Left, Right : Marching to the Beat of Imperial Canada
The left is supposed to be opposed to colonialism and at least skeptical of nationalism. However, Left, Right shows that, for decades now, this hasn't been the case in Canada. Yves Engler marshals damning detail on the long, surprising history of support from the New Democratic Party and labor unions for such policies and international interventions as the coup in Haiti, the assassination of Patrice Lumumba, the Bay of Pigs invasion, the Korean War, and much more. The rhetoric of the mainstream left, he shows, has also tended to concede major points to the dominant war-mongering ideology, with prominent commentators such as Linda McQuaig and Stephen Lewis echoing the terminology of right-wing politicians and thinkers. More than simply diagnosing a problem, however, Left, Right offers a path forward, laying out ways to get us working for an ecologically sound, peace-promoting, and non-exploitative foreign policy.
Left, Right: Marching to the Beat of Imperial Canada details the Canadian Left’s promotion of colonial policies and nationalist myths, and outlines the NDP’s and labour unions’ role in confusing Canadians; from Korea to Libya, Canada’s major left-wing political party has backed unjust wars; Canadian unions supported the creation of NATO, the Korean War, the assassination of Patrice Lumumba, the Bay of Pigs invasion and the coup in Haiti. Left, Right also shows how prominent Left commentators concede a great deal to the dominant ideology. Whether it’s Linda McQuaig turning Lester Pearson into an anti-US peacenik, Stephen Lewis praising Canada’s role in Africa, or others mindlessly demanding more so-called peacekeeping, Left intellectuals regularly undermine the building of a just foreign policy. Left nationalist ideology, both Canadian and Quebecois, has warped the foreign policy discussion; viewing their country as a semi-colony struggling for its independence has blinded progressives to a long history of supporting empire and advancing corporate interests abroad. Even many victims of Canadian colonialism among indigenous communities have succumbed to the siren song of supporting imperialism. Finally, Left, Right suggests some ways to get the Left working for an ecologically sound, peace-promoting, non-exploitative foreign policy that does no harm and treats others the way we wish to be treated.
“Left, Right is important and valuable in that it does not only illustrate and lament the corruption of leftist principles, but it also provides solutions about how leftist principles can be upheld; pushing the Left leftwards.”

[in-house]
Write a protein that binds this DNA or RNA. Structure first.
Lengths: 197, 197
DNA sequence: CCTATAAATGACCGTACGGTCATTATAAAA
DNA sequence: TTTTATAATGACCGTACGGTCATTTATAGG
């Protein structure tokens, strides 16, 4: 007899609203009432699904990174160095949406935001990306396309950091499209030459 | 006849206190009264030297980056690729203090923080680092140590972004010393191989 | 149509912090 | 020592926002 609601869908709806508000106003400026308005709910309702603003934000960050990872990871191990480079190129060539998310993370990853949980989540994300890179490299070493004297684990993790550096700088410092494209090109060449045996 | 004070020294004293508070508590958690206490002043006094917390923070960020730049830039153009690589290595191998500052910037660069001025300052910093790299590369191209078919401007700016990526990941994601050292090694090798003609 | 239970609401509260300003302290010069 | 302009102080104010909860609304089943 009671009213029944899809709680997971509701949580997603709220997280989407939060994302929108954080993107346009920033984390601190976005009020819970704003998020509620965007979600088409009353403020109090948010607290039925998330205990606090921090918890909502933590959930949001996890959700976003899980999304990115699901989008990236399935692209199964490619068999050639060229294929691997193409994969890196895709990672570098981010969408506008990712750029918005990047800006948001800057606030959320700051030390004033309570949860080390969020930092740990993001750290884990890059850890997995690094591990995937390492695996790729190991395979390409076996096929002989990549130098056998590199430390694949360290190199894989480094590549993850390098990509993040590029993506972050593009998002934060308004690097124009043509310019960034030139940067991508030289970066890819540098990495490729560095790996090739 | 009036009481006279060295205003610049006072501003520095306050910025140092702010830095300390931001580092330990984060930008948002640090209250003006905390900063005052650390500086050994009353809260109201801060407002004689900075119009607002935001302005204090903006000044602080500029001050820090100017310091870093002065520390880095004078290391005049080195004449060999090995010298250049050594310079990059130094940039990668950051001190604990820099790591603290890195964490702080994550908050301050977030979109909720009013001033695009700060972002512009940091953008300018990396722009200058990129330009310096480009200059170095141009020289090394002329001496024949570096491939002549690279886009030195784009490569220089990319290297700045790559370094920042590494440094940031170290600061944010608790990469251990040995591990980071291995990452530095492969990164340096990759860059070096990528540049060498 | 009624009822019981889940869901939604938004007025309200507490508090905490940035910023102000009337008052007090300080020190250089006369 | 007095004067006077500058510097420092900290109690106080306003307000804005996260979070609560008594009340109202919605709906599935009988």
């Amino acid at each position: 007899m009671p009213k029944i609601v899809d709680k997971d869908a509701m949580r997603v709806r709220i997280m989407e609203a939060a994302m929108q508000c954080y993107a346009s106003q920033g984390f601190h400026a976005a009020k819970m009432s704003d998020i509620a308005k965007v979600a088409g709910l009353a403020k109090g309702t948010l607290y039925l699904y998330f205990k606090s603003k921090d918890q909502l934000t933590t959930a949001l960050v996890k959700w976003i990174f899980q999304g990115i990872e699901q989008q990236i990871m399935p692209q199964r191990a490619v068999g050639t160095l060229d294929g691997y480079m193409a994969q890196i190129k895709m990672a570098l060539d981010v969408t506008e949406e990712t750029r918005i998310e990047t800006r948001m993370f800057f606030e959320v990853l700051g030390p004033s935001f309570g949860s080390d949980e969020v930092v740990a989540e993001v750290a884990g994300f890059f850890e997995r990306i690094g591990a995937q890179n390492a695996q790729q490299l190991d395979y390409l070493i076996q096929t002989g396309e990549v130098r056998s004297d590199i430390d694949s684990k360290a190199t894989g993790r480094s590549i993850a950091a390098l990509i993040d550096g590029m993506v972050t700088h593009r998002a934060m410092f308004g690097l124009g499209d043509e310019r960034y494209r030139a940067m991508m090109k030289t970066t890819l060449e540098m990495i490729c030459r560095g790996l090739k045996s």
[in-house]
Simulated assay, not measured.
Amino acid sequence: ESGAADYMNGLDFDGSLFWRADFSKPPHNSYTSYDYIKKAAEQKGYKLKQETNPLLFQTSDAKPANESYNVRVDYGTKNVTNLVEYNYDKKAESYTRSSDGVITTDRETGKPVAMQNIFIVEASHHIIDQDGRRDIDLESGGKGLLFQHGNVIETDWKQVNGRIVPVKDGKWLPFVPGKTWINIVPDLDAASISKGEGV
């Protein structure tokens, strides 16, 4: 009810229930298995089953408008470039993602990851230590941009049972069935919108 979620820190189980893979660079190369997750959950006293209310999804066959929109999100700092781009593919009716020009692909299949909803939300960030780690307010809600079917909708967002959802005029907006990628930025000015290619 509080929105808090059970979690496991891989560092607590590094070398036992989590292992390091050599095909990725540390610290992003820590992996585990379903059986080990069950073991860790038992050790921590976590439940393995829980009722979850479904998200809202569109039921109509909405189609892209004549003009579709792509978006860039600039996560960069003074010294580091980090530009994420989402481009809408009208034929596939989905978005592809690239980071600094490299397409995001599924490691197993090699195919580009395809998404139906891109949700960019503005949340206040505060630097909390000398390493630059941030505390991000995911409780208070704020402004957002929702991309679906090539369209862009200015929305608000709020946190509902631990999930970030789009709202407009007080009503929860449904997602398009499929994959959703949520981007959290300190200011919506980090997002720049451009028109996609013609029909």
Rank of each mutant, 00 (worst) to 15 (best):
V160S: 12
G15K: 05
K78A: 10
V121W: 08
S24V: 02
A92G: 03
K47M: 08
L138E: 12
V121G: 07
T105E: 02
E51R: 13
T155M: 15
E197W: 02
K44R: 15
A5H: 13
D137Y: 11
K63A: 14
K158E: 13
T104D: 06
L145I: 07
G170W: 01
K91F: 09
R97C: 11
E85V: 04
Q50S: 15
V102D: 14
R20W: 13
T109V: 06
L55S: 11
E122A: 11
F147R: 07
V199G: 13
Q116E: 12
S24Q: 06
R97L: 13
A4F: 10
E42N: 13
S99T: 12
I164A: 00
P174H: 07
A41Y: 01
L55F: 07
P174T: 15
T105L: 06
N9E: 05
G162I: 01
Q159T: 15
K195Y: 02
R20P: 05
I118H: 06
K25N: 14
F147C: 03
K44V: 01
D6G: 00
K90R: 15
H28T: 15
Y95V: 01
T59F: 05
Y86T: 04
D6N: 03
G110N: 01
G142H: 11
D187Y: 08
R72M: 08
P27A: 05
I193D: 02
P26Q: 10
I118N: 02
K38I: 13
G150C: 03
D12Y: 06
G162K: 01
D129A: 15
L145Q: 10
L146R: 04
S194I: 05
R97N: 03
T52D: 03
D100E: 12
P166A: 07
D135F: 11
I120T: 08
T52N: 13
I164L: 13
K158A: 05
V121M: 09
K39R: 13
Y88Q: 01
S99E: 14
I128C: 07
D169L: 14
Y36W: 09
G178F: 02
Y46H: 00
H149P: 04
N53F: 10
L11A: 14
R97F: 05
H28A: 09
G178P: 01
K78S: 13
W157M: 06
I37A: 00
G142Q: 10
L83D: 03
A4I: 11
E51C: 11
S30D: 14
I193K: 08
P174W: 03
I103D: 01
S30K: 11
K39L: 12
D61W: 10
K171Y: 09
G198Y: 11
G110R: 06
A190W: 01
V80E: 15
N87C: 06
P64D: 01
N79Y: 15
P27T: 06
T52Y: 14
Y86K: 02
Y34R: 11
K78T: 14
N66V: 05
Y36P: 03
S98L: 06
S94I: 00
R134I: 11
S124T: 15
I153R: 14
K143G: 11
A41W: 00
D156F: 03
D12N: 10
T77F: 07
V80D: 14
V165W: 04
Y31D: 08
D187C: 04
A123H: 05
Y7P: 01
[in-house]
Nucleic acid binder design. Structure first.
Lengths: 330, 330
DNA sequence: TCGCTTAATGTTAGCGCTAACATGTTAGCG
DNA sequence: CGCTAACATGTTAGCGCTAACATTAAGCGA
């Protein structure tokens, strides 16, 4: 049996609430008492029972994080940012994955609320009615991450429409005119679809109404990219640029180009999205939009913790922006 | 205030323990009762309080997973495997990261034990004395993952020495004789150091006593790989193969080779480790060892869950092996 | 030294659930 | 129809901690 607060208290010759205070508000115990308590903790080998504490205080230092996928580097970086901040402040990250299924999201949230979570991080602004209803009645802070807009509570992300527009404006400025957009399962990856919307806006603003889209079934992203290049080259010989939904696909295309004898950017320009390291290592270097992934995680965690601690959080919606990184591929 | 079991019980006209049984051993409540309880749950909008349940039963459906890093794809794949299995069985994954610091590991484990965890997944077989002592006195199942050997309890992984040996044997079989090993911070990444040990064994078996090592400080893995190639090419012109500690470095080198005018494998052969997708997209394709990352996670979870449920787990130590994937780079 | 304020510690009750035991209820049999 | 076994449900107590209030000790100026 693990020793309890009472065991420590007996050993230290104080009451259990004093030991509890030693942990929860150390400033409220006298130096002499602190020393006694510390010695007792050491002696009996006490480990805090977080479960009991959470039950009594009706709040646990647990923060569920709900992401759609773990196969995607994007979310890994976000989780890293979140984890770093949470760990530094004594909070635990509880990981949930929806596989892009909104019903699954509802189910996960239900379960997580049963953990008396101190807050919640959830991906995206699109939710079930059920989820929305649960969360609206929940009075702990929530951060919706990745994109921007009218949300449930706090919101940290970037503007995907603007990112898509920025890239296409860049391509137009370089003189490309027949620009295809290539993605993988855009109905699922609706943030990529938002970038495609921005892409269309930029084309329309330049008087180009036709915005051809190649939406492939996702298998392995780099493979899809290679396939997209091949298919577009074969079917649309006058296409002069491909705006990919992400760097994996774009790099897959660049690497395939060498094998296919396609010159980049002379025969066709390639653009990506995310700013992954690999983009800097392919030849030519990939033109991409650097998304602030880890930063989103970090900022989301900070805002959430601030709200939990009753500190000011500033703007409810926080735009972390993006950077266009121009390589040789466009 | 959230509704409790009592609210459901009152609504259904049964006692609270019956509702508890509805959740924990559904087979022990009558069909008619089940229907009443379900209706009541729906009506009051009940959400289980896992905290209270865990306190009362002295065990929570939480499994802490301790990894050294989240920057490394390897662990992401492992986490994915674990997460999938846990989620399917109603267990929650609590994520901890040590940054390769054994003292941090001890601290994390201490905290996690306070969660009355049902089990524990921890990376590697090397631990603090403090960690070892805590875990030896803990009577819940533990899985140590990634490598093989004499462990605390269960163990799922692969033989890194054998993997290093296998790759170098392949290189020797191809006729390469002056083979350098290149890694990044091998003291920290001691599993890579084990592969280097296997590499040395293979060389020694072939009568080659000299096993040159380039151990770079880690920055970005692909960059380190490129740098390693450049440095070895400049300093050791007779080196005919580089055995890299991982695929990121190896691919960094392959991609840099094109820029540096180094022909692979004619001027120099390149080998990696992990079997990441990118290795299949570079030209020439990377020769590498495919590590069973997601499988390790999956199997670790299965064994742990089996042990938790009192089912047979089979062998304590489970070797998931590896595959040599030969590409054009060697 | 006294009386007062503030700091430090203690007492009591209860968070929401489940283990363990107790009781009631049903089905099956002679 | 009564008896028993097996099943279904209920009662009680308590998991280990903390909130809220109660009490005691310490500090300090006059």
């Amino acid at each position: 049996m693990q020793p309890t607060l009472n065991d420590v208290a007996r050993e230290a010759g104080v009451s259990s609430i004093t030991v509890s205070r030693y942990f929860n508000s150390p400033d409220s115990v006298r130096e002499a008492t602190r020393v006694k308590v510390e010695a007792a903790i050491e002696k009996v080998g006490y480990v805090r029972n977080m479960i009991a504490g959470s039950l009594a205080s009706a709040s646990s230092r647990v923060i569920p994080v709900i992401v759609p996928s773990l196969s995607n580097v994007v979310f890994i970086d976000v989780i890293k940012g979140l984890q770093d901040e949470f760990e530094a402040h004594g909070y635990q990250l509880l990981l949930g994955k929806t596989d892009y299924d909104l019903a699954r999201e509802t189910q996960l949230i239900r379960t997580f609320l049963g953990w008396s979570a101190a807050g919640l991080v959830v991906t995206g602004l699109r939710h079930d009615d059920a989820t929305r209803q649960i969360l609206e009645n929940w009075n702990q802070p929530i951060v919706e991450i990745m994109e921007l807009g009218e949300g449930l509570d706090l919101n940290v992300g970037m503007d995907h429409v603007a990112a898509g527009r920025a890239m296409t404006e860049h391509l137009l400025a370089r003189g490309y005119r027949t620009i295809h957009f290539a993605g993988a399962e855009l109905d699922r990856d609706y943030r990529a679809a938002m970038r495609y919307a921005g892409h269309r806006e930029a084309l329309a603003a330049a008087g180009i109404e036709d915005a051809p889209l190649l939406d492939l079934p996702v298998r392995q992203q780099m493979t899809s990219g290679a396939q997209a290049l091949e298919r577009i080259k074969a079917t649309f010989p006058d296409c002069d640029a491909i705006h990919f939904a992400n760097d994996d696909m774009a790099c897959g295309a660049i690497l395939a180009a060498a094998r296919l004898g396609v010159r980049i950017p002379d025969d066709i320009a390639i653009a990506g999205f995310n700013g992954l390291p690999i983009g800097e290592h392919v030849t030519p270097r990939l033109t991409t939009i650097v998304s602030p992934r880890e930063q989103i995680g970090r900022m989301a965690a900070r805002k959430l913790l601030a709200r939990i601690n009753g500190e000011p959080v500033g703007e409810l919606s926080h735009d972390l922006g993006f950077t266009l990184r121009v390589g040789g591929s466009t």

“Yves Engler is Canada’s foremost feisty contrarian.”
"The NDP in Engler’s account is almost as bad as the U.S. Democrats. The labor movement is bigger but almost as bad as that in the United States. The think tanks and pundits of the Canadian left, the liberal heroes, the corporate media, and the nationalistic war-lusting of the culture as a whole are all almost as bad as in the United States.
Engler’s book provides an excellent survey and diagnosis. He points to U.S. influence, to financial corruption of many sorts, to labor unions lobbying for weapons jobs, and to the typical problems of corporate media. He describes a culture in which nationalism has been a response to U.S. influence, but in which that nationalism motivates participation in U.S.-led killing sprees. Obviously a better response to U.S. influence is needed.
The standard that Engler proposes for a better Canadian foreign policy is unimpeachable."
Dubbed “Canada’s version of Noam Chomsky” (Georgia Straight), “one of the most important voices on the Canadian Left” (Briarpatch), “in the mould of I.F. Stone”(Globe and Mail), “part of that rare but growing group of social critics unafraid to confront Canada’s self-satisfied myths” (Quill & Quire), “ever-insightful” (Rabble), “Chomsky-sytled iconoclast” (Counterpunch) and a “Leftist gadfly" (Ottawa citizen), Yves Engler (yvesengler.com) has published ten published books.
264 pages; 2019
Table of Contents
- Where’s Labour?
- Think Tanks and Critics
- Ties that Bind and Blind
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